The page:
There are few public issues that create more debate than the “social safety net.” By social safety net, I mean the set of government policies, programs and regulations that provide money, services and products to households who cannot maintain an acceptable standard of living using their own resources.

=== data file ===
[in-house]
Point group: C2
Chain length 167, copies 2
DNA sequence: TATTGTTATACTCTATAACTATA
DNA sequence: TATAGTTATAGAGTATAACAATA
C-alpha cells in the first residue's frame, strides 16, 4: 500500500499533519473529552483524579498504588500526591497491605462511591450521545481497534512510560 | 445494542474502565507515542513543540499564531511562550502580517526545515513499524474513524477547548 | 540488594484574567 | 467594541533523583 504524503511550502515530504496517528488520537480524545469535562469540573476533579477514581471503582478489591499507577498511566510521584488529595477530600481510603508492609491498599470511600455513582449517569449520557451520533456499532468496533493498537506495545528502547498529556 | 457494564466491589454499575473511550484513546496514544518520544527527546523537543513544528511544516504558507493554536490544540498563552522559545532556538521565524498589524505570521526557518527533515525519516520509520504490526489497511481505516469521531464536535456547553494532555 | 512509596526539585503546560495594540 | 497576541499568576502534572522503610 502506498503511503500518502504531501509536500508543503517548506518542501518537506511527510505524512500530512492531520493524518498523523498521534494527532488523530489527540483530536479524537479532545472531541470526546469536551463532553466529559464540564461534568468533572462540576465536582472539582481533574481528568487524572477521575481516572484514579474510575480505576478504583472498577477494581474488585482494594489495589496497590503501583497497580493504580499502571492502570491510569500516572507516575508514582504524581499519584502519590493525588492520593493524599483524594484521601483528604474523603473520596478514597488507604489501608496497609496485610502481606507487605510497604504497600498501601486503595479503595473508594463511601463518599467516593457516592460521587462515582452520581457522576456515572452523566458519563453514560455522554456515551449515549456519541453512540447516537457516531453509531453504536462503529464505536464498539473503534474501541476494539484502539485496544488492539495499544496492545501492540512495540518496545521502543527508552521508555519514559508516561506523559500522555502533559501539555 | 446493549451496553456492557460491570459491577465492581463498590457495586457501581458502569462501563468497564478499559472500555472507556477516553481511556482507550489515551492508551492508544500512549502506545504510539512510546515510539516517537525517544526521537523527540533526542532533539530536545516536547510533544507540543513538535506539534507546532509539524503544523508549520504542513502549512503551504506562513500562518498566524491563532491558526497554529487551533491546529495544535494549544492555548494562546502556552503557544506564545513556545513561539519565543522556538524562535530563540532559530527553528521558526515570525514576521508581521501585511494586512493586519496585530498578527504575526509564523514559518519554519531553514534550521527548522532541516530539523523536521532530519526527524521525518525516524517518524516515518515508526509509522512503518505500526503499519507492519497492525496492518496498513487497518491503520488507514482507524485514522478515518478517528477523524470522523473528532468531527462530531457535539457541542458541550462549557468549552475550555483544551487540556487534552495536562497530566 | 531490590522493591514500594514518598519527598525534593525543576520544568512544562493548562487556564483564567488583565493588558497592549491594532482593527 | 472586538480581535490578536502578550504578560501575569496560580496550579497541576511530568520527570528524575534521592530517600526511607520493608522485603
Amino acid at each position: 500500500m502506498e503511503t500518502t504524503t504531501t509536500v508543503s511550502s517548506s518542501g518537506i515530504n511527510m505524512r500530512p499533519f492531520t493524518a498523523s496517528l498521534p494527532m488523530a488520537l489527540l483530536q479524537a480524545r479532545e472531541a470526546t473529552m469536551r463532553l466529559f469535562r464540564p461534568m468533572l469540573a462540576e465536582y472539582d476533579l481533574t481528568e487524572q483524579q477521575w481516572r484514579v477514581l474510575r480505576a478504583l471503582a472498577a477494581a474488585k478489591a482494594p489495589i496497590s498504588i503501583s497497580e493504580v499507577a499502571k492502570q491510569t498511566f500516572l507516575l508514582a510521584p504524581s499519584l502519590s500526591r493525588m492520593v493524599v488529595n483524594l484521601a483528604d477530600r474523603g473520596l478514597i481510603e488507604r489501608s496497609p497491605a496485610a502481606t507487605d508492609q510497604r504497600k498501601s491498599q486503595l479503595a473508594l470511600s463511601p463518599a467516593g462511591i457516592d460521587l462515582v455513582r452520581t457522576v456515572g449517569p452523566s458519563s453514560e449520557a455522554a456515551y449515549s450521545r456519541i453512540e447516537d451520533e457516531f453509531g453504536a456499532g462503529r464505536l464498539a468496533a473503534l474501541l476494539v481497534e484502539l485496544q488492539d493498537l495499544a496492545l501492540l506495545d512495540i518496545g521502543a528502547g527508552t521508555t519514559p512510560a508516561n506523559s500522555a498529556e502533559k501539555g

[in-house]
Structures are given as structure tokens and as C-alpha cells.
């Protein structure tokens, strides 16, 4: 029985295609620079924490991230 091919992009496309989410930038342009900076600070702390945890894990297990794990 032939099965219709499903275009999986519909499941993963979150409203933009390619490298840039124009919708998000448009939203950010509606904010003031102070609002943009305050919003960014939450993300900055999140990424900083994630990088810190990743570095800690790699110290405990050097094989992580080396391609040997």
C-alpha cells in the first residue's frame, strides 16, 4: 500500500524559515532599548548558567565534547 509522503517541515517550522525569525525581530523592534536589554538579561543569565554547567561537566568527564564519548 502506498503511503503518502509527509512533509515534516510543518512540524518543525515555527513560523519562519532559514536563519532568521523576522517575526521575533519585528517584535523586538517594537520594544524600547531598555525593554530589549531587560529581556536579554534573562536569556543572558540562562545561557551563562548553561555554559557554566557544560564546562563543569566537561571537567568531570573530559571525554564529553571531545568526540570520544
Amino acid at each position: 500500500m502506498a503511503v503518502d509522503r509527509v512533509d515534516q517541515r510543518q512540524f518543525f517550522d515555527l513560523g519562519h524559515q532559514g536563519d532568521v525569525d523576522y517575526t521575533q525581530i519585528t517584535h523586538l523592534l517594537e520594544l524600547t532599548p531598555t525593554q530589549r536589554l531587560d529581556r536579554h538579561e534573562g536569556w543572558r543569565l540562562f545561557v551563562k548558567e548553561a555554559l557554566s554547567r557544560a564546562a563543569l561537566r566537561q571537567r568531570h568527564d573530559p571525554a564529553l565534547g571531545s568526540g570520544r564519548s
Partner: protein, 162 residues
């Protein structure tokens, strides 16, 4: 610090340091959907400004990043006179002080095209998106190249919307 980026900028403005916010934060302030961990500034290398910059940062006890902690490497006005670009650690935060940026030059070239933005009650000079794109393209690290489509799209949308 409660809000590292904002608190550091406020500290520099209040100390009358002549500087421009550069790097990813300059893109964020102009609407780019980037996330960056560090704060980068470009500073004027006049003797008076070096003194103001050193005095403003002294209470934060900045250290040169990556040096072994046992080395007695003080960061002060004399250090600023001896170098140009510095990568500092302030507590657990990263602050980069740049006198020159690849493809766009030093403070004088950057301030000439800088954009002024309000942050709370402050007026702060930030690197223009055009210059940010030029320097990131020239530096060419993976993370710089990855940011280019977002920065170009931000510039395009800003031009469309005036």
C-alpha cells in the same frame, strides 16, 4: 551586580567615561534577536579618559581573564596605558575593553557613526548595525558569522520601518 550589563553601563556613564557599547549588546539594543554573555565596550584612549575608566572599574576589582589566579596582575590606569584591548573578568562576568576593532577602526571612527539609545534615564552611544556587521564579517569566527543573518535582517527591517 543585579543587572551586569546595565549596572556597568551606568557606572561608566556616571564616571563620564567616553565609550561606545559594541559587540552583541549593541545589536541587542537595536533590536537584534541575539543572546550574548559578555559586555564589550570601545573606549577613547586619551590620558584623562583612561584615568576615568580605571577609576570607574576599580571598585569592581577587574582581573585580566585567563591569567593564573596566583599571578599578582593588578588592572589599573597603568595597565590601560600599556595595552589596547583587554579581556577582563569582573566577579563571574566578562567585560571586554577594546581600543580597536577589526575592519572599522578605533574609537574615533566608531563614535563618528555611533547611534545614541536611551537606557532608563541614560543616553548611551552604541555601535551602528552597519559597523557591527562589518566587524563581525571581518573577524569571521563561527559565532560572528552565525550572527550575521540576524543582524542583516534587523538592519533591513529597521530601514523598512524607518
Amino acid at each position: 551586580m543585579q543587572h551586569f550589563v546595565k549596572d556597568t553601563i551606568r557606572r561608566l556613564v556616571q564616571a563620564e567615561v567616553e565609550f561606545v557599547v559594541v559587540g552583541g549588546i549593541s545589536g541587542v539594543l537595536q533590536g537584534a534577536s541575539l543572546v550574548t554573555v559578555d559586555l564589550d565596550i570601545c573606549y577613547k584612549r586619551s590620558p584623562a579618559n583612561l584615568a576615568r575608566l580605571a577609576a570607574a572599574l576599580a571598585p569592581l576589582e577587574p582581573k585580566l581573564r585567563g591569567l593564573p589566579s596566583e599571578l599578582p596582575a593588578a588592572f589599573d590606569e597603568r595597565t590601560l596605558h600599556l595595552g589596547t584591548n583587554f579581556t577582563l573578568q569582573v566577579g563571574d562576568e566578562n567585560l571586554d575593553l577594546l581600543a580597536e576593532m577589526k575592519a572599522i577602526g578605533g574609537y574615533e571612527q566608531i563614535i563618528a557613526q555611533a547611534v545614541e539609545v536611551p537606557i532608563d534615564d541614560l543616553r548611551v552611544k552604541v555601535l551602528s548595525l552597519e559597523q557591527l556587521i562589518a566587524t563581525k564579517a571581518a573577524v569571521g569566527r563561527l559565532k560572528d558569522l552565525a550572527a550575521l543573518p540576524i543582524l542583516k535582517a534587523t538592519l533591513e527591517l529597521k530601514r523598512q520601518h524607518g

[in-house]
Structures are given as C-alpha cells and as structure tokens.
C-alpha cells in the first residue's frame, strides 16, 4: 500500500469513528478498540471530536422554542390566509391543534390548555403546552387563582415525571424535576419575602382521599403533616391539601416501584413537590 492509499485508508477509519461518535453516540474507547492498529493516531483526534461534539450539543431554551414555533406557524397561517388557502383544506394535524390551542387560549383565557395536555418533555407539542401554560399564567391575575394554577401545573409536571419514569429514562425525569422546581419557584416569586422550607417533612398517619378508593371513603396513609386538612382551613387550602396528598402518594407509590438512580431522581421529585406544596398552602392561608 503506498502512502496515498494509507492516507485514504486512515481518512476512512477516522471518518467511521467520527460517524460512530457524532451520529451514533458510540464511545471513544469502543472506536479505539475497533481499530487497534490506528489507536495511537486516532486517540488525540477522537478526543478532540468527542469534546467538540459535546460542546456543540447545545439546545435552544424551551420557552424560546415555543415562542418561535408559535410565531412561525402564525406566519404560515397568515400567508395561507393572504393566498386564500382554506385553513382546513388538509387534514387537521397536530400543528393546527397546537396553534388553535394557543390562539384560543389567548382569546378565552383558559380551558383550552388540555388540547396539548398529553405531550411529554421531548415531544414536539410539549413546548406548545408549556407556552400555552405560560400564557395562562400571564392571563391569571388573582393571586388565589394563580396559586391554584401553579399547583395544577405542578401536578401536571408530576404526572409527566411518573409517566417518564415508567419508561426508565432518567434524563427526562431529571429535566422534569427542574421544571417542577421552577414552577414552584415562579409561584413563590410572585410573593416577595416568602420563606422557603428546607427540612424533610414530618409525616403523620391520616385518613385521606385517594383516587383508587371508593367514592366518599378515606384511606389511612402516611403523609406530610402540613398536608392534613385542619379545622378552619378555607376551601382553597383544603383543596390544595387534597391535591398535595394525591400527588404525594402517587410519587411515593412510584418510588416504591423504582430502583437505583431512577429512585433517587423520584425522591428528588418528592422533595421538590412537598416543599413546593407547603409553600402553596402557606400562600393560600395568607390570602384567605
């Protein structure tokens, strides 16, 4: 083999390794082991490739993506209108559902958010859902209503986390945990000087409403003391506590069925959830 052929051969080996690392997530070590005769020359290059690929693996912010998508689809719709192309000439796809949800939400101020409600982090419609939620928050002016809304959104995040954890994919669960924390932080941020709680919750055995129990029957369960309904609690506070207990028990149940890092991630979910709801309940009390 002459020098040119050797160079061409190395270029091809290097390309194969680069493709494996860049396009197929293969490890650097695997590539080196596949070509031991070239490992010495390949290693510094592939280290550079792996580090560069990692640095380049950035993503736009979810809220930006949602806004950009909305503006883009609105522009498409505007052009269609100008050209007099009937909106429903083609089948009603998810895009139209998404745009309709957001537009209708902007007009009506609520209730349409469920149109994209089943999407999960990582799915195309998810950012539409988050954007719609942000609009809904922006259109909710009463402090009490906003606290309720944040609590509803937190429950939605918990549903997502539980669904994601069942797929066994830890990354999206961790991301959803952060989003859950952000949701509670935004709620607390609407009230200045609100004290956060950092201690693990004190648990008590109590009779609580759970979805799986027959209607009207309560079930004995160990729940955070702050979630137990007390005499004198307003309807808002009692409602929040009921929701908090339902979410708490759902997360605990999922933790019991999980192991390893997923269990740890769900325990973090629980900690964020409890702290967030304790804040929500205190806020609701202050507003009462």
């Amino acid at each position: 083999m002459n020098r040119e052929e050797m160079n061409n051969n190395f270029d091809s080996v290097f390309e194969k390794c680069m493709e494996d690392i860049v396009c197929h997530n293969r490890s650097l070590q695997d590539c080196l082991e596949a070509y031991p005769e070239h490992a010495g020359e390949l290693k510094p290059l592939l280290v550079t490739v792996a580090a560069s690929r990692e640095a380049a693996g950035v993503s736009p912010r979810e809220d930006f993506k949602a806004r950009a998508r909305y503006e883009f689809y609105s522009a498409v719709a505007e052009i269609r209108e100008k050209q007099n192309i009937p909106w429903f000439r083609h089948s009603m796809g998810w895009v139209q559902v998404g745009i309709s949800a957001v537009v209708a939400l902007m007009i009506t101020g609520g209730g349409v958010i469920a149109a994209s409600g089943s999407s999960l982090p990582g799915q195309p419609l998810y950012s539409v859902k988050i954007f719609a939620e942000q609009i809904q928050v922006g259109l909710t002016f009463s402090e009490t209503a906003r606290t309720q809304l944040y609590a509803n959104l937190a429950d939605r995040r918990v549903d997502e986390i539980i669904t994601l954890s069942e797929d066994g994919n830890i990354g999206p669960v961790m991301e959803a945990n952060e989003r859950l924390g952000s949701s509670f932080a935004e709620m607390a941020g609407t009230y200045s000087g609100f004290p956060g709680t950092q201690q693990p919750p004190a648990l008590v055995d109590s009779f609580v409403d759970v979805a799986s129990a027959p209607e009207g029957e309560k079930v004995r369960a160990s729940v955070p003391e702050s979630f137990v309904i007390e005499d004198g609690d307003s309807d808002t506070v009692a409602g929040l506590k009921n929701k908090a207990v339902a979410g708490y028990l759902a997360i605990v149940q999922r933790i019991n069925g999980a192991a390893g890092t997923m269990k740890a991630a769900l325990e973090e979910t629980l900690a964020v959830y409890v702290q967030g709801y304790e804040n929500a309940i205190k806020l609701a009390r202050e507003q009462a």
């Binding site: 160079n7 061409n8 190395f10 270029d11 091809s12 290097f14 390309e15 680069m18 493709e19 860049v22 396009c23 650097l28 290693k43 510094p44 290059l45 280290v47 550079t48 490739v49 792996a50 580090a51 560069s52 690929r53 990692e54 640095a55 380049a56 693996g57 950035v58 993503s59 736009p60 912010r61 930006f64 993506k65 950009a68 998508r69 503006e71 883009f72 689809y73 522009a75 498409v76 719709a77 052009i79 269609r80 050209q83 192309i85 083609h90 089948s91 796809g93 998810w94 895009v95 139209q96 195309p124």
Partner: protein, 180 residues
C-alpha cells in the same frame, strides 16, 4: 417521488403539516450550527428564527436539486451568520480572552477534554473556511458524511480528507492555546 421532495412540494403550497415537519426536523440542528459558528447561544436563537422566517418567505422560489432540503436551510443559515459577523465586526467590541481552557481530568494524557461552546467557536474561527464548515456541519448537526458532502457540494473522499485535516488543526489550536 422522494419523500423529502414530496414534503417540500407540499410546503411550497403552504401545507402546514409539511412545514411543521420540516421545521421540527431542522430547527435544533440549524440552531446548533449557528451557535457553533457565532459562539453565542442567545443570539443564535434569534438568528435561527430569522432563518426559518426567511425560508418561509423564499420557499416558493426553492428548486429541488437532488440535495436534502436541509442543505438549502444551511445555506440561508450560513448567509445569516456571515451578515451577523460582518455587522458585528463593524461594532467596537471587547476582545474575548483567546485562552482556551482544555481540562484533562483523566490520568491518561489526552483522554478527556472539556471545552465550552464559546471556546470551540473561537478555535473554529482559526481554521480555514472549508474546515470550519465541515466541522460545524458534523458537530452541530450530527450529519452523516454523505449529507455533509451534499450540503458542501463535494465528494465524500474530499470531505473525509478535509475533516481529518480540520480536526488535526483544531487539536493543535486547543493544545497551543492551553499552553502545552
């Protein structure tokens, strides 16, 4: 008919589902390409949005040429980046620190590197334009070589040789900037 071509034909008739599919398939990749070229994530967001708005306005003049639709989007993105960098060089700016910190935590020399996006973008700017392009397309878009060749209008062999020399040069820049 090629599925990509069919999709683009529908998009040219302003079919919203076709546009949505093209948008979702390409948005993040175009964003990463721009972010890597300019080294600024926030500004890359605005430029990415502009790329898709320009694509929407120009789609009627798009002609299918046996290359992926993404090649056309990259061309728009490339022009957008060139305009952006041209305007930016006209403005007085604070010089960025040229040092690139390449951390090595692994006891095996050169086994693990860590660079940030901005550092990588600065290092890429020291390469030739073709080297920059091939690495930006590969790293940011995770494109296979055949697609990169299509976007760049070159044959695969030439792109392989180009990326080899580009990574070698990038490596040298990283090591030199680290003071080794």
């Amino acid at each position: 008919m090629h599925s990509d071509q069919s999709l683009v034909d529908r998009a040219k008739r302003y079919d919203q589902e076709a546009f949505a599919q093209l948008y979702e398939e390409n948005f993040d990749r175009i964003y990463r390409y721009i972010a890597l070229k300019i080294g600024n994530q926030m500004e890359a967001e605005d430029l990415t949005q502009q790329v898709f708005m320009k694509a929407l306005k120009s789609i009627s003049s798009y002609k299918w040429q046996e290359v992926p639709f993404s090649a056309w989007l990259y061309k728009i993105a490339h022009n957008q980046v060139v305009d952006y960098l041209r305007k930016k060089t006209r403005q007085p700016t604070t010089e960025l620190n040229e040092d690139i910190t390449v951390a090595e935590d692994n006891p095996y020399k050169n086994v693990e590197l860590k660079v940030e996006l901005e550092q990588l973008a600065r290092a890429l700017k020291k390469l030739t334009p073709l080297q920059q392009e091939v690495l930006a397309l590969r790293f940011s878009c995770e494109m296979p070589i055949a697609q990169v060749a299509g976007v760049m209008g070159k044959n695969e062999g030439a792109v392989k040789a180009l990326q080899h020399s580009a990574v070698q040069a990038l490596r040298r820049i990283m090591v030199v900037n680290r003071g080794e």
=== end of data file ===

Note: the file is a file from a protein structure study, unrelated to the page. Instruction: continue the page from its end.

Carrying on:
There are many pieces to the social safety net. At the federal level, food assistance through the Supplemental Nutrition Assistance Program, medical assistance via Medicaid and a program that provides cash to households — the Earned Income Tax Credit — are key examples. It’s estimated these and complementary programs give assistance worth almost $800 billion annually to eligible households. During the COVID pandemic, the spending was much higher.

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